For example, unanswered factual questions linger about the Benghazi Consulate terrorist attack of Sept. 11, 2012, and the subsequent efforts by senior State Department officials to propagate false information about the cause of that attack. Any Senate-confirmed State Department IG worth his or her salt would have resolved these factual issues months ago.
Now that the president has nominated a candidate to become the Inspector General at State, perhaps someone will soon tell the American taxpayers who was responsible for the blatantly false parts of Ambassador Susan Rice’s “talking points” that she used during her multiple and now infamous post-Benghazi attack TV appearances.
Likewise, a Senate-confirmed IG for the Department of State ought to be able to tell the American people in short order which senior State Department officials were behind the recent revelations by a former investigator for the State Department Office of Inspector General that multiple investigations by the Department’s “Special Investigations Division” were compromised by senior State Department officials, and that the facts behind those compromises were omitted from the final IG Report.
According to a June 19, Wall Street Journal
article, the six federal agencies in which the Obama administration has thus far neglected to appoint an Inspector General “account for about $843 billion in annual spending, almost a quarter of the federal budget.”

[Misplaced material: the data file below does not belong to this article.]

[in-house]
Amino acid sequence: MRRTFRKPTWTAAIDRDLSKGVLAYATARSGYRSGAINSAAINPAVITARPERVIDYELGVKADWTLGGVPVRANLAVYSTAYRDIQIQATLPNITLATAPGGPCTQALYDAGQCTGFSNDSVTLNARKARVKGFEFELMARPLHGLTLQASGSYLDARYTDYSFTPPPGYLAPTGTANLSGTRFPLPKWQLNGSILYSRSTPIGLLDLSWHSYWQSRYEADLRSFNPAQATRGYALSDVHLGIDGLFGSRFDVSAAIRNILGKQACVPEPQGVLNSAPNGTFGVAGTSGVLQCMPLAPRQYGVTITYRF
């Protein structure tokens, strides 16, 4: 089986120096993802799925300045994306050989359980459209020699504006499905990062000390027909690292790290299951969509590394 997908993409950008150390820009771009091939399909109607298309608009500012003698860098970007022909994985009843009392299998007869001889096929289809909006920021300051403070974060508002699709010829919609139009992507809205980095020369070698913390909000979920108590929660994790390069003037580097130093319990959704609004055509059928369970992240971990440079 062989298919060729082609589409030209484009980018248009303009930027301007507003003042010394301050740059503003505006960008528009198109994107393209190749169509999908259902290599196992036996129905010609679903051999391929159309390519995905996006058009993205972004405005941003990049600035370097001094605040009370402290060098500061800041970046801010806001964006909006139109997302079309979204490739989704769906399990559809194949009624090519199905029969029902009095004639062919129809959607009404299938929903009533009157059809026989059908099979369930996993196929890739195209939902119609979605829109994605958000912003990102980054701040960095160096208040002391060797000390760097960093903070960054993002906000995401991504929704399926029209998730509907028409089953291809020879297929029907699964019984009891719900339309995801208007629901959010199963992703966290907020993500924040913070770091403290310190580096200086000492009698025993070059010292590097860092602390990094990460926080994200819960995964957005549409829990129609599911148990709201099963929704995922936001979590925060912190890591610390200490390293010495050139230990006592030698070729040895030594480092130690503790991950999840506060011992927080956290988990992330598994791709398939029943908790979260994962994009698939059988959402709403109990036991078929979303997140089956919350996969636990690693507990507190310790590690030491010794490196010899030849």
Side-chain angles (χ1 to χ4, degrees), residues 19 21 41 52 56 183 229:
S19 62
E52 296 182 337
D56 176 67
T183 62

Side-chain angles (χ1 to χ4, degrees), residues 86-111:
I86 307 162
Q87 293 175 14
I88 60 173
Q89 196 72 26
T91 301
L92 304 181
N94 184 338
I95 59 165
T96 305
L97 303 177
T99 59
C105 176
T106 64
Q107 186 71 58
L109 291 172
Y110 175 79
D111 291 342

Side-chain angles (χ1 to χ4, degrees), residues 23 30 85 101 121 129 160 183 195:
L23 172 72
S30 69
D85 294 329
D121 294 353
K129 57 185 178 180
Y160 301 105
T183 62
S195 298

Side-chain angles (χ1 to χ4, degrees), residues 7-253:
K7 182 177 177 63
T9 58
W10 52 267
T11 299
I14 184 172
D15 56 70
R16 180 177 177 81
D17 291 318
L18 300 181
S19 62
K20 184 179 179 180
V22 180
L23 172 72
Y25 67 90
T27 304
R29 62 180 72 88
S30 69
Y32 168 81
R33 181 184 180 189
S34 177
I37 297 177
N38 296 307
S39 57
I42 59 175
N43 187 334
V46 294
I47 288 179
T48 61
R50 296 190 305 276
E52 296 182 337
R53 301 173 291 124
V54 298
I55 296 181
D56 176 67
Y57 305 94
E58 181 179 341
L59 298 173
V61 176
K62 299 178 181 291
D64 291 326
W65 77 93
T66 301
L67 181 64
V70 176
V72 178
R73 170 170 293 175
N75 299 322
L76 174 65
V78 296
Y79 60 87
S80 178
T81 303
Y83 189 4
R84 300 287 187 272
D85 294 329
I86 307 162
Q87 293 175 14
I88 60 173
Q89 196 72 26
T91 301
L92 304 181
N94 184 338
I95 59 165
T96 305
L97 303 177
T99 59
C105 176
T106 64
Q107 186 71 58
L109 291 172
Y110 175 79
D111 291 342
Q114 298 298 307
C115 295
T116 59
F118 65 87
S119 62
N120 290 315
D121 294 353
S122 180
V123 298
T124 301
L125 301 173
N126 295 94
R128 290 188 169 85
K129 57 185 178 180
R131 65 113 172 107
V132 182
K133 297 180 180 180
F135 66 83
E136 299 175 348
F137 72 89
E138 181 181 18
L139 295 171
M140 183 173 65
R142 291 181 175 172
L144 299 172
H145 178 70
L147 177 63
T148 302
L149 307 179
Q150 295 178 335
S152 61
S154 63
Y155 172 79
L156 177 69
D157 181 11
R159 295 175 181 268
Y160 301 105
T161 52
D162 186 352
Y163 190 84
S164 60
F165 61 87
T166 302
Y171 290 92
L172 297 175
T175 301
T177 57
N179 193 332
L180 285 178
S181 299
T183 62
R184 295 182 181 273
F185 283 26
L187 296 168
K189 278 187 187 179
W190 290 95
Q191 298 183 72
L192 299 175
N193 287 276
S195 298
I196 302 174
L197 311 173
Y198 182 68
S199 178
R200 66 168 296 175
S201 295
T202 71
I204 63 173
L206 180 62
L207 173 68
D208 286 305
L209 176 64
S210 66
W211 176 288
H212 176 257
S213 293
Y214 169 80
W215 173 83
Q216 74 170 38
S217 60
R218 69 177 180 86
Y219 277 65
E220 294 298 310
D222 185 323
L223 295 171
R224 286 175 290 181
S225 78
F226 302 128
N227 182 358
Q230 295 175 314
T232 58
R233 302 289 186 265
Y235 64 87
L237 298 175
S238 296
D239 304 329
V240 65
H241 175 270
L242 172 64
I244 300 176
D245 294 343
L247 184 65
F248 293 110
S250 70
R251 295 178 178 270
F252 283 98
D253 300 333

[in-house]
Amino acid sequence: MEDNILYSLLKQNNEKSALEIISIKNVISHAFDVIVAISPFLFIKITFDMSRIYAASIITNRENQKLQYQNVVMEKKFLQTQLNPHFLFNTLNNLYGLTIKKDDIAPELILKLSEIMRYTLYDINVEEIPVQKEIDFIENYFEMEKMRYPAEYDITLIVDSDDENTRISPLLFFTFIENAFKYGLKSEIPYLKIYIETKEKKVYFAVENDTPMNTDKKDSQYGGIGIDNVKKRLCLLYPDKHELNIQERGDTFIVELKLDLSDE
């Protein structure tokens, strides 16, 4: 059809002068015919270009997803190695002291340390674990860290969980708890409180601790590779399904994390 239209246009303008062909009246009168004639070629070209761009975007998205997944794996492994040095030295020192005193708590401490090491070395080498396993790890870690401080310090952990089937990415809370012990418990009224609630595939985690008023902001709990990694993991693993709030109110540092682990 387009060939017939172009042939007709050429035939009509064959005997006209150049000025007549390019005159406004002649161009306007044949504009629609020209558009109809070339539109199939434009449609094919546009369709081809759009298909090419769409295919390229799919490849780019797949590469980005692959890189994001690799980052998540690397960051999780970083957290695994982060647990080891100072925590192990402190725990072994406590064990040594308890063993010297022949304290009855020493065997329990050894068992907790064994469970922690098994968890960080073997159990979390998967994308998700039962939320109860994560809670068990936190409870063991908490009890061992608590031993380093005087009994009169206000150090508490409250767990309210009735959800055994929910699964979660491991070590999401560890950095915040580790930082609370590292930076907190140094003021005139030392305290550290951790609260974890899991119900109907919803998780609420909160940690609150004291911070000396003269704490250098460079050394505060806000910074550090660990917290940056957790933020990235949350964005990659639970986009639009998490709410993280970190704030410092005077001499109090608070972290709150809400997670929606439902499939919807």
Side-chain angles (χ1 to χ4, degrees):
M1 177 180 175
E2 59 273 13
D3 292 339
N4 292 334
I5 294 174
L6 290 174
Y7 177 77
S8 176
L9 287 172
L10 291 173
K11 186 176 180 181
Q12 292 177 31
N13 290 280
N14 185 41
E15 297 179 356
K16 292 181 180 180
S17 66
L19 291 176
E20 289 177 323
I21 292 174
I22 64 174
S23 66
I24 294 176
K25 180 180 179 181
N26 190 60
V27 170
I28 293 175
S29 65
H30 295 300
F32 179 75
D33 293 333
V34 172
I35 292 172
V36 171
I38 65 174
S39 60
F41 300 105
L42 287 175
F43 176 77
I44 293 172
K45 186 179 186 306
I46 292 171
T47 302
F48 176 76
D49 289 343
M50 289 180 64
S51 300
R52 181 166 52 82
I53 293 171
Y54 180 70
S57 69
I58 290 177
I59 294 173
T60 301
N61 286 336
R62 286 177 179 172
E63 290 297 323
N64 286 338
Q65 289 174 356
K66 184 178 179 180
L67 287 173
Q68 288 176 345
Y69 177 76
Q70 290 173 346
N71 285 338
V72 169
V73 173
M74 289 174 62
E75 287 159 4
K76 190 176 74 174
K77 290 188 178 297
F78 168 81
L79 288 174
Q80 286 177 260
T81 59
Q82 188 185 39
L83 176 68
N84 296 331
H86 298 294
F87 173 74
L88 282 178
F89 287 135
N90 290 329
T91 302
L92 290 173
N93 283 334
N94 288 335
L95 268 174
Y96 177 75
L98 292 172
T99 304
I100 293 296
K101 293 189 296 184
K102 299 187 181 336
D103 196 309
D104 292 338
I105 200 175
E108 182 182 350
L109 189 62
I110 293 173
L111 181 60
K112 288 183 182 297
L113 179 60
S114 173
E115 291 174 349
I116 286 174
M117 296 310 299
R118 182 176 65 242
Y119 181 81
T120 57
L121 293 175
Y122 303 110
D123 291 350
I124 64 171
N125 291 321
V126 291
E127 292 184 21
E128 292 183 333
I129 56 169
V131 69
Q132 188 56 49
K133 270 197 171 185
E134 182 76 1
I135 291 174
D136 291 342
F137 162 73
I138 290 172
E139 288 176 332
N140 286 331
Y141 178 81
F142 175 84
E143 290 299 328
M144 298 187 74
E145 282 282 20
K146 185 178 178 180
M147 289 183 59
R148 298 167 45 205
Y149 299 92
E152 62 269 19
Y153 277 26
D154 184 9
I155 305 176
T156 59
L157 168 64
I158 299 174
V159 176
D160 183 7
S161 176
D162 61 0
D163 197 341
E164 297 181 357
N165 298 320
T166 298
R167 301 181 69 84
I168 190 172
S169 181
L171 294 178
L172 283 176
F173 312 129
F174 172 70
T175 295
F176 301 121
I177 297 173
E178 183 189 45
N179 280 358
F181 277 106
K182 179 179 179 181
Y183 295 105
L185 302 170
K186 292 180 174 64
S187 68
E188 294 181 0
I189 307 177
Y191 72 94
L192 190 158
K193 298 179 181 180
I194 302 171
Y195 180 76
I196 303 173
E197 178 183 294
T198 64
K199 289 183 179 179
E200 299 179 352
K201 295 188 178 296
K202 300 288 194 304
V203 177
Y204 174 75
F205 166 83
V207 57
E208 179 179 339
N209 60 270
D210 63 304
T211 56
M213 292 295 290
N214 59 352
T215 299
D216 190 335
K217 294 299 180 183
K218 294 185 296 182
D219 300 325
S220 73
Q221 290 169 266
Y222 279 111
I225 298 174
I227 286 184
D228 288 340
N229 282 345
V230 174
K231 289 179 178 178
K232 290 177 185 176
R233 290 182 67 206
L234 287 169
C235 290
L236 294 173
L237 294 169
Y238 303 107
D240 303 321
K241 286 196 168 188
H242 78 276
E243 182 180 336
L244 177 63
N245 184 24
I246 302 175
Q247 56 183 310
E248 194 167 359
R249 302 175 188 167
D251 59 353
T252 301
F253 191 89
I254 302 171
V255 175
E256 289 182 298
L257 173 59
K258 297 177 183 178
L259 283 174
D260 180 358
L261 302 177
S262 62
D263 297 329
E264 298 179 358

While I applaud the president for at least nominating candidates to fill three of these six gaping IG vacancies, I would note that he did not nominate a candidate to fill the scandalous five-year vacancy at the Department of State until two days after Senator Ted Cruz of Texas formally put a hold on all State Department nominations until the president “nominates a credible and independent Inspector General for the State Department.”
In any event, all the IG vacancies in the six major federal agencies (and in a handful of smaller agencies) will continue to be part of the problem instead of part of the solution until those IG vacancies are filled with qualified, independent, Senate-confirmed inspectors general.
At a time when the costs of operating our government are rising, and the expanded role of government in the lives of private citizens is becoming a heightened concern to many, perhaps it’s time to get back to basic principles of American government: integrity; efficiency; and transparent accountability. These principles are “first things” that define an inspector general. We need more, not less, of these American principles.
Inspectors general can help us move in this direction . . . but only if they are properly appointed and allowed to do their jobs. In this regard, the IG vacancies buck stops at the top.
Joseph E. Schmitz served as inspector general of the Dept. of Defense from 2002-2005 and is CEO of Joseph E. Schmitz, PLLC. He is author of the recently released “Inspector General Handbook,” which is now available on Amazon and elsewhere. Read more reports from Joseph E. Schmitz — Click Here Now.